humanitarian project for the NGO ElephantsNow - Saving Ganesh
Most of you know me from my osteopathic and functional medicine work. But there is another very important aspect to which I have dedicated a chunk of my being, and that is humanitarian work and conservation work with Asian elephants.
In 2020, I created and implemented a humanitarian project in Sri Lanka for an NGO saving endangered Asian elephants from extinction. Elephants Now is from the United States, and has been working in Sri Lanka, Cambodia, India, Thailand, Borneo for more than 20 years educating local and international communities, publicizing the animals' situation, lowering the use of elephants for tourism, and supplying wildlife rangers with equipment. Elephants Now works in areas of so-called Humans-Elephants Conflict, areas of conflict between humans and elephants resulting from humans taking land and bringing human and animal habitats too close together.
I came to the conclusion that if we want to help elephants, we must also help people. My humanitarian project involves medical assistance in the form of osteopathic treatment (hopefully soon also dental treatment) for people affected by the Human-Elephant Conflict and working to reduce it, from farmers and villagers to veterinarians and wildlife wardens to Buddhist monks.
The parts of Sri Lanka affected by the aforementioned conflict are mainly the northern and eastern parts of the country. I have treated people whether in 2000-year-old Buddhist temples, private home gardens or the wildlife department. Much of the cooperation has been with monks who open local temples for us to undertake osteopathic treatment, so that at the same time we are working on a fundamental value, even more so in Sri Lanka, which is the purification of karma between humans and elephants.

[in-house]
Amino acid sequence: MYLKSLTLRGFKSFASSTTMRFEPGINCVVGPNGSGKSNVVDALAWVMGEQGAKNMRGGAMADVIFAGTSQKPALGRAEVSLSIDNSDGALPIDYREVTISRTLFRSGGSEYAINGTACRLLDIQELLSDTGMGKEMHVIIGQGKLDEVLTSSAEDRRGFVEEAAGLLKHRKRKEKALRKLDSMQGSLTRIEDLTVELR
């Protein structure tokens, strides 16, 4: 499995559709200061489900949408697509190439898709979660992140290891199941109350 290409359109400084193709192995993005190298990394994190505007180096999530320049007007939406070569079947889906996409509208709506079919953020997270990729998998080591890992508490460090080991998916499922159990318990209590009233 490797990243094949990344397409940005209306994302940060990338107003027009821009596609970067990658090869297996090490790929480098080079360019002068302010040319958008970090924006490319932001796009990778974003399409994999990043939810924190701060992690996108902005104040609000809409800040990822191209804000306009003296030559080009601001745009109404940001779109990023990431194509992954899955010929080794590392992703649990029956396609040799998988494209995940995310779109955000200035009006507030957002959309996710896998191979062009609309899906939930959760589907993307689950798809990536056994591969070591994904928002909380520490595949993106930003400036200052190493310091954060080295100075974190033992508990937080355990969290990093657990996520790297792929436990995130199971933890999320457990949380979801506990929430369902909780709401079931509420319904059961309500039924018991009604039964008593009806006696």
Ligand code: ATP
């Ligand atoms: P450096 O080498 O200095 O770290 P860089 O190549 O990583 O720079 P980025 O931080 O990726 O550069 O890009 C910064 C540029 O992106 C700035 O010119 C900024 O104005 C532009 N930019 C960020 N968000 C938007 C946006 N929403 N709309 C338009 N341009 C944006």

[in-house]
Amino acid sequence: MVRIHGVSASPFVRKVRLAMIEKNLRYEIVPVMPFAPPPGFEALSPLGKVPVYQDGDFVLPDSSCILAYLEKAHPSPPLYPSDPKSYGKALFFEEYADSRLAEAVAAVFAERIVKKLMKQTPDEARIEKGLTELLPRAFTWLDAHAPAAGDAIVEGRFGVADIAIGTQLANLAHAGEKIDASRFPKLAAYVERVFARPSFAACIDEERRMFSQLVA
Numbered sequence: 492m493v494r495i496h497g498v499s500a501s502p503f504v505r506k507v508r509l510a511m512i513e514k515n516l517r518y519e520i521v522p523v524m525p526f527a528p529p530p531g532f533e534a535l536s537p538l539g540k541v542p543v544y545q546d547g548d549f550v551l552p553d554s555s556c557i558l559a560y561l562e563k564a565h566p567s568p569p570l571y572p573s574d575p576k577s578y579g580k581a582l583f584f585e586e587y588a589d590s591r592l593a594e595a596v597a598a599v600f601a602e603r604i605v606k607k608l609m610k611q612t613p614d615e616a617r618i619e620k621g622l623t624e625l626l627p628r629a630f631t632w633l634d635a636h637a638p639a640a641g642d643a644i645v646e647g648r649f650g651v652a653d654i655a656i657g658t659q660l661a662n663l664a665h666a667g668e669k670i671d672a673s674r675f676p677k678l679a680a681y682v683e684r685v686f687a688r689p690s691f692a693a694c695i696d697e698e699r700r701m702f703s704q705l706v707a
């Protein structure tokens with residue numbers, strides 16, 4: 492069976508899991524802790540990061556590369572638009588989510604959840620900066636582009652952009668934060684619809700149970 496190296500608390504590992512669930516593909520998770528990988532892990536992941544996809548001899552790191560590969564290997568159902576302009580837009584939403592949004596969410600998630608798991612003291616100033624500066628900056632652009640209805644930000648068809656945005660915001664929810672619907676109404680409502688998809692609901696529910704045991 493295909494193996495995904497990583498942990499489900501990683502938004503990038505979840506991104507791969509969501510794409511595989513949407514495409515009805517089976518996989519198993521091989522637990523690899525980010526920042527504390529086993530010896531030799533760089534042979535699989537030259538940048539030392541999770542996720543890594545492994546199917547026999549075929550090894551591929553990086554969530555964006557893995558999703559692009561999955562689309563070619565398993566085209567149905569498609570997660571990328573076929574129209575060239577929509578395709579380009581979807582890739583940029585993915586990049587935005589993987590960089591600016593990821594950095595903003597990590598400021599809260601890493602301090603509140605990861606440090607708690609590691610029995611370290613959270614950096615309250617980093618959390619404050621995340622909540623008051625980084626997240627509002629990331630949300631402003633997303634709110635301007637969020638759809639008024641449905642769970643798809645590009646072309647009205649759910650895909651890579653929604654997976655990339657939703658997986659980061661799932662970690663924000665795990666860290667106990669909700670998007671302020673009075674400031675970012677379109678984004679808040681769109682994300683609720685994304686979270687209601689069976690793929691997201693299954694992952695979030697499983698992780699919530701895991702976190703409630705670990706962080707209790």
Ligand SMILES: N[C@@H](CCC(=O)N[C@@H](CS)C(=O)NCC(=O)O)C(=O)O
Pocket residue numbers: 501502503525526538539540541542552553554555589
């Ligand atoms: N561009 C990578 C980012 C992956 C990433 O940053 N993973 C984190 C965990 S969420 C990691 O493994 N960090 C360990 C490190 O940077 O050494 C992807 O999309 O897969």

After the difficult period of the pandemic, we have managed to get back on the front lines and have started back up operations in Sri Lanka, which are even more difficult than usual. In 2020, even more land was taken away from the elephants by, among other things, building a huge dam, so that of the 200 elephants that show up every year for the so-called "big gathering" in Minneriya, only 70 showed up this year.
In one of the so-called "transit houses" for orphaned elephants, the baby elephants were found to be skinny and poor. The consequences of the global pandemic have hit the Sri Lankan population hard, and the animals have also been affected.
YOU CAN JOIN US! How?
1. during our actions, we organize tours for people who want to join our team for a few-odd days, participate in observing wildlife during numerous safaris, educate themselves straight from scientists and wildlife rangers and join our actions on the front lines. This is global activism in action!
2. are you an osteopath/ chiropractor/ physiotherapist/ dentist? Write to me and let's join forces in using your medical resources.
WANT TO HELP?
1. share the information via social media, forward this post on - maybe a friend of a friend will be willing and able to join. The most powerful tools are often the simplest.
2. Contribute. Of course, these days you can find a whole spectrum of actions worth devoting some of your financial resources to. However, sometimes there is something that will appeal to us more right now, and it is in this direction that we will want our money to flow.
For every donation with 'Karo' in the title, thank you very much! ---